Two necessary conditions for individual & system welfare: technostructure + obliquity August 28, 2011Posted by larry in Uncategorized.
Tags: John Kay, John Kenneth Galbraith, New Industrial State, obliquity, philosophy, technostructure
The two necessary, but not sufficient, conditions I have in mind are technostructure decision-making apparati and obliquitous problem solving strategies. These two concepts were introduced by John Kenneth Galbraith in The New Industrial State and by John Kay in his article, ‘Obliquity’ (mentioned in a previous post), respectively. I would argue that both are necessary for an institution to be successful in its welfare promotion in a changing environment. Both were introduced in the context of organizations, although individuals play a role. For the sake of simplicity, I will restrict my comments to organizations.
For Galbraith, a corporation’s technostructure is its decision-making component, comprised ideally of individuals from throughout the company. In his view, when a corporation gets so large that the entrepreneur can no longer keep track of all its activities, then for the corporation to continue to be viable, power must pass from the entrepreneur to the technostructure. One prominent example he gives is that of TWA. When TWA was a relatively small airline, Hughes could effectively control its operations. However, once the organization had reached a certain size, one individual brain could no longer effectively track all the organization’s activities and the quality of his decision-making declined. By the time, power had passed from Hughes to TWA’s technostructure, Hughes had almost bankrupted the company.
Power passing from the entrepreneur to the technostructure in large corporations is not the only factor to take into consideration of a company’s viability. The nature of the decision-making procedures of the organization need to be taken into account as well. Kay argues that for the most effective and long-term results to obtain, decision-making is best carried out in indirect ways with attention being paid to high-level considerations, such as making the best airline, the best bread, &c. In particular, if the bulk of a company’s efforts go into the bottom line and not into providing the best for the company and its customers, then the company isn’t acting either in its best interests or that of its customers or investors. In fact, when a company does this, its profits decline and bankruptcy threatens. This can happen even when power has passed from the entrepreneur to the technostructure. Kay provides myriad examples to support his thesis that goals are best pursued indirectly.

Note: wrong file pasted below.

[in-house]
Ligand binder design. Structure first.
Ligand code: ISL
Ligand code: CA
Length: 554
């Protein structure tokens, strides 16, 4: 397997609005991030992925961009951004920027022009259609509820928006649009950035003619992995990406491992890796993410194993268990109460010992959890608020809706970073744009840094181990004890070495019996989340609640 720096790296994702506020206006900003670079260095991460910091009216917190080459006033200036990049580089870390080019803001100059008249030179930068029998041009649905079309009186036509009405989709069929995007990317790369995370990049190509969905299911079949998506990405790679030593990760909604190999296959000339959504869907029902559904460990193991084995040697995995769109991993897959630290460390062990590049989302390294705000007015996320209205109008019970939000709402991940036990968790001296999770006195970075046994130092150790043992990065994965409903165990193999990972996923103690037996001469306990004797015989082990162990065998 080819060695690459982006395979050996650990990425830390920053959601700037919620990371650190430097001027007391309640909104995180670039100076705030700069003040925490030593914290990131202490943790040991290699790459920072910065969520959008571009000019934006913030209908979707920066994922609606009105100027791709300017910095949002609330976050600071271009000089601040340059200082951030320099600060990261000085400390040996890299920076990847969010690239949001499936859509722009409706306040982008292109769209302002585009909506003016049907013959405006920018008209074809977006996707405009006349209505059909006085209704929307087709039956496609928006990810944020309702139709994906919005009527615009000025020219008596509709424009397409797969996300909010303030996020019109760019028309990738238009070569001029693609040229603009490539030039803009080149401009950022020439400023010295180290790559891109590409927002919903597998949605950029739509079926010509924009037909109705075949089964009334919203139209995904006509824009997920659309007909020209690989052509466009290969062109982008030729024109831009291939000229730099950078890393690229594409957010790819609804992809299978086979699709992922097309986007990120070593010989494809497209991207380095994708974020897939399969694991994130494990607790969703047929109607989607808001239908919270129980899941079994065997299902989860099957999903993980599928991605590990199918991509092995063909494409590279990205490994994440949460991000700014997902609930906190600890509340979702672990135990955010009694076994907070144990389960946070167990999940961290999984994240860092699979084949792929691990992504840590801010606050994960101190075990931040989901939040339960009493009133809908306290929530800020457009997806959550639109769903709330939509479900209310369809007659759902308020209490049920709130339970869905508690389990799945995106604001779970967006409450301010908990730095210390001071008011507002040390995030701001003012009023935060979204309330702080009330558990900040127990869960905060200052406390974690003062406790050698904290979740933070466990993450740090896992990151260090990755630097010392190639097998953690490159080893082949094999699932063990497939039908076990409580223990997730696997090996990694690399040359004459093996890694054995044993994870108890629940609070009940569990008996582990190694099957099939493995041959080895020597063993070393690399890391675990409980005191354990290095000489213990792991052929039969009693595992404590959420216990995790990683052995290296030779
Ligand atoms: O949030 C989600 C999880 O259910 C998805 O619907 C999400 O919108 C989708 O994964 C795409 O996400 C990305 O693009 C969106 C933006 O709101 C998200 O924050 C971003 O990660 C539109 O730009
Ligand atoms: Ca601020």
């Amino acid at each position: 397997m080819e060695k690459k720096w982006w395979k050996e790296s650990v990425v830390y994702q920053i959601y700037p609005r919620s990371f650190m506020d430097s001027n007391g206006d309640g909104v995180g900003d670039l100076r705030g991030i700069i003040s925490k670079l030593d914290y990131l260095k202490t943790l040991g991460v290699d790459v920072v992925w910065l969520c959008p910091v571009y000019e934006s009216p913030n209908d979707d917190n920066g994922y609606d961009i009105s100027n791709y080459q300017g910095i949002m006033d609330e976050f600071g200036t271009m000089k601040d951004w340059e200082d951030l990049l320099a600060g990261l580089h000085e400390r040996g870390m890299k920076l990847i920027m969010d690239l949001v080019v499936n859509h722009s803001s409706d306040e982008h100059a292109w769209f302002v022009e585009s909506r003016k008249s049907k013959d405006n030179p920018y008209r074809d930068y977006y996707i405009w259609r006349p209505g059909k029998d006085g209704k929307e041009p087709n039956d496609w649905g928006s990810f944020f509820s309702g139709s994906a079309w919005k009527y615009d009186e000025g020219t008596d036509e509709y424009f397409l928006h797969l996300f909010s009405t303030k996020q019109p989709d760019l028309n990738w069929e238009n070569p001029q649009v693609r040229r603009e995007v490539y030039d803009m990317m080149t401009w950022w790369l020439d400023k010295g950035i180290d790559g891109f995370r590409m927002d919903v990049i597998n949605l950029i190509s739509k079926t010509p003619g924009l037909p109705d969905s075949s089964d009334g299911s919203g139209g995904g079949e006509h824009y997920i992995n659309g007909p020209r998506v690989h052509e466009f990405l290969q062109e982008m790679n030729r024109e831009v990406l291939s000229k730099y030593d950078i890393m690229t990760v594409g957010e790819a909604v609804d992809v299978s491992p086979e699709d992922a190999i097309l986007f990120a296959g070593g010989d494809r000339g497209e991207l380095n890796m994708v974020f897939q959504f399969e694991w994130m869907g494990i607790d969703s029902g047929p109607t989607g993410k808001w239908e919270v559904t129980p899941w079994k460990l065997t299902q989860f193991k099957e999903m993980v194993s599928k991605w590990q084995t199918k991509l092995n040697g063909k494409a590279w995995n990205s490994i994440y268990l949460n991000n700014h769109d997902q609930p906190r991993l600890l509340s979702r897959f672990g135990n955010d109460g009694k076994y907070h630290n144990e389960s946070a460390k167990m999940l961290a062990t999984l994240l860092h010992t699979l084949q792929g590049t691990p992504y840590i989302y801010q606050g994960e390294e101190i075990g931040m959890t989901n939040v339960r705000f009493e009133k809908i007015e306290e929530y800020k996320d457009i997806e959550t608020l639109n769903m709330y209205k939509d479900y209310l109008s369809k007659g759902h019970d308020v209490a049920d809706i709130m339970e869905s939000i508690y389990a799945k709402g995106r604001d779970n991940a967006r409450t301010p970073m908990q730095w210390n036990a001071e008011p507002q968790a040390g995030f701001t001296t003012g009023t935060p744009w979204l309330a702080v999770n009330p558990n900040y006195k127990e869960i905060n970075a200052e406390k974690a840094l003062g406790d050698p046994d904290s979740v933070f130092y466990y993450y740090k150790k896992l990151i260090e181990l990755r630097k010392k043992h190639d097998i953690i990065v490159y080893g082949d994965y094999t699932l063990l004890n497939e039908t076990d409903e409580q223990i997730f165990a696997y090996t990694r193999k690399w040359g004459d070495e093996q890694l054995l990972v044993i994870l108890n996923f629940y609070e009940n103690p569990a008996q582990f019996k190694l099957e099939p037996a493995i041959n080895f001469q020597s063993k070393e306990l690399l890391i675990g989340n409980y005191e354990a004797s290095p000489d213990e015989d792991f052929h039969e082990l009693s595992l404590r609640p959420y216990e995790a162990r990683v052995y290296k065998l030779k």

When a company’s decision-procedures are directed to the well-being or welfare* of the company, its employees, and its customers, the company will also be doing the best for its investors in the long run as well. In order for this to be achieved, the decision-making procedures must be indirect and thus not constrained by some sort of procedural straight-jacket.
As can be seen, neither condition by itself can account for the successful well-being of a company. If a company is sufficiently large and power hasn’t passed from the entrepreneur to the technostructure, company decisions will begin to deteriorate. Similarly, if a company’s decision-making is not geared to its highest goals and implemented in an indirect manner (Kay shows how these fit together), company decision-making begins to deteriorate. IN other words, if either one of these factors is absent, the company’s decision-making procedures are seriously faulty. They are individually necessary to the success of the organization.
But are both of them together sufficient for individual and corporate well-being? It would appear so. When an organization is small and the technostructure is not needed and the entrepreneur’s decision-making is sufficiently obliquitous, ceteris paribus all should be well. If the organization is large and power has passed to the technostructure and the technostructure’s decision-making procedures are sufficiently obliquitous, then again all should be well.
Upshot: if a company and its employees exhibit a high degree of well-being, then the decision-making apparatus is appropriately structured and is operating obliquitously.
* The notion of welfare Kay has in mind is that of Aristotle’s conception of Eudaimonia, designating a high degree of fulfillment.